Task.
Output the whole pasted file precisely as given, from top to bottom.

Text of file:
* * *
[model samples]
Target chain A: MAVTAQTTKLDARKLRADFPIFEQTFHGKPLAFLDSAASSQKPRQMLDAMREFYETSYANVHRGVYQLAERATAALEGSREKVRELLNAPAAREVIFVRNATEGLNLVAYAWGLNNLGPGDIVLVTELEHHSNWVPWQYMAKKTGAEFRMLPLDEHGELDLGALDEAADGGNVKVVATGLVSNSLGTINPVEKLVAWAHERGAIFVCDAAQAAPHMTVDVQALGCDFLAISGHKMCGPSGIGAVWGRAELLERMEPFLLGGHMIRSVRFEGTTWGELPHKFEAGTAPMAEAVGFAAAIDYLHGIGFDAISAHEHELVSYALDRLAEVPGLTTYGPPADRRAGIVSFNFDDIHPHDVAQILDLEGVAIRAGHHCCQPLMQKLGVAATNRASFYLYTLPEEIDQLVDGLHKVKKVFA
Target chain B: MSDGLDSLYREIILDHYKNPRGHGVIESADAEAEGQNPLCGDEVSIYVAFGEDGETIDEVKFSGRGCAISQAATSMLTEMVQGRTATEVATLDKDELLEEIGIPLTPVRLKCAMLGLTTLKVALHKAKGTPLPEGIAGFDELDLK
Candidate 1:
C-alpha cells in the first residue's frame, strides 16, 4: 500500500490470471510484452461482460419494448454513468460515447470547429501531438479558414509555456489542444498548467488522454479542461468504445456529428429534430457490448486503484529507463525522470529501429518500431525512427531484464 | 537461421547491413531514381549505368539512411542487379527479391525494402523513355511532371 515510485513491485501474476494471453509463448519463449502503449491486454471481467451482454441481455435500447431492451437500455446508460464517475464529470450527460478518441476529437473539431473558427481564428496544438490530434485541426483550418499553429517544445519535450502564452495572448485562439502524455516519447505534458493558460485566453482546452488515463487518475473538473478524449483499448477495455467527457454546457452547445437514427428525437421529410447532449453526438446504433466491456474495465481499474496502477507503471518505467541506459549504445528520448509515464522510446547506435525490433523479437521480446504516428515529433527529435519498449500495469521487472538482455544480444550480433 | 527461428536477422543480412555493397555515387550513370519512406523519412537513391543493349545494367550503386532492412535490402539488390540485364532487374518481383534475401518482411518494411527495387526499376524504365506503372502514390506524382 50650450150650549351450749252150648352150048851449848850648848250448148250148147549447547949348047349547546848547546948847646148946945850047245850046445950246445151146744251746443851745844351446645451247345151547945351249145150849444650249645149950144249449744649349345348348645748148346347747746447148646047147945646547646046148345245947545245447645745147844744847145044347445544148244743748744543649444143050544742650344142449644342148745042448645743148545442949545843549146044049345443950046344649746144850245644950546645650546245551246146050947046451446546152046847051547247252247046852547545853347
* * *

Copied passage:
[model samples]
Target chain A: MAVTAQTTKLDARKLRADFPIFEQTFHGKPLAFLDSAASSQKPRQMLDAMREFYETSYANVHRGVYQLAERATAALEGSREKVRELLNAPAAREVIFVRNATEGLNLVAYAWGLNNLGPGDIVLVTELEHHSNWVPWQYMAKKTGAEFRMLPLDEHGELDLGALDEAADGGNVKVVATGLVSNSLGTINPVEKLVAWAHERGAIFVCDAAQAAPHMTVDVQALGCDFLAISGHKMCGPSGIGAVWGRAELLERMEPFLLGGHMIRSVRFEGTTWGELPHKFEAGTAPMAEAVGFAAAIDYLHGIGFDAISAHEHELVSYALDRLAEVPGLTTYGPPADRRAGIVSFNFDDIHPHDVAQILDLEGVAIRAGHHCCQPLMQKLGVAATNRASFYLYTLPEEIDQLVDGLHKVKKVFA
Target chain B: MSDGLDSLYREIILDHYKNPRGHGVIESADAEAEGQNPLCGDEVSIYVAFGEDGETIDEVKFSGRGCAISQAATSMLTEMVQGRTATEVATLDKDELLEEIGIPLTPVRLKCAMLGLTTLKVALHKAKGTPLPEGIAGFDELDLK
Candidate 1:
C-alpha cells in the first residue's frame, strides 16, 4: 500500500490470471510484452461482460419494448454513468460515447470547429501531438479558414509555456489542444498548467488522454479542461468504445456529428429534430457490448486503484529507463525522470529501429518500431525512427531484464 | 537461421547491413531514381549505368539512411542487379527479391525494402523513355511532371 515510485513491485501474476494471453509463448519463449502503449491486454471481467451482454441481455435500447431492451437500455446508460464517475464529470450527460478518441476529437473539431473558427481564428496544438490530434485541426483550418499553429517544445519535450502564452495572448485562439502524455516519447505534458493558460485566453482546452488515463487518475473538473478524449483499448477495455467527457454546457452547445437514427428525437421529410447532449453526438446504433466491456474495465481499474496502477507503471518505467541506459549504445528520448509515464522510446547506435525490433523479437521480446504516428515529433527529435519498449500495469521487472538482455544480444550480433 | 527461428536477422543480412555493397555515387550513370519512406523519412537513391543493349545494367550503386532492412535490402539488390540485364532487374518481383534475401518482411518494411527495387526499376524504365506503372502514390506524382 50650450150650549351450749252150648352150048851449848850648848250448148250148147549447547949348047349547546848547546948847646148946945850047245850046445950246445151146744251746443851745844351446645451247345151547945351249145150849444650249645149950144249449744649349345348348645748148346347747746447148646047147945646547646046148345245947545245447645745147844744847145044347445544148244743748744543649444143050544742650344142449644342148745042448645743148545442949545843549146044049345443950046344649746144850245644950546645650546245551246146050947046451446546152046847051547247252247046852547545853347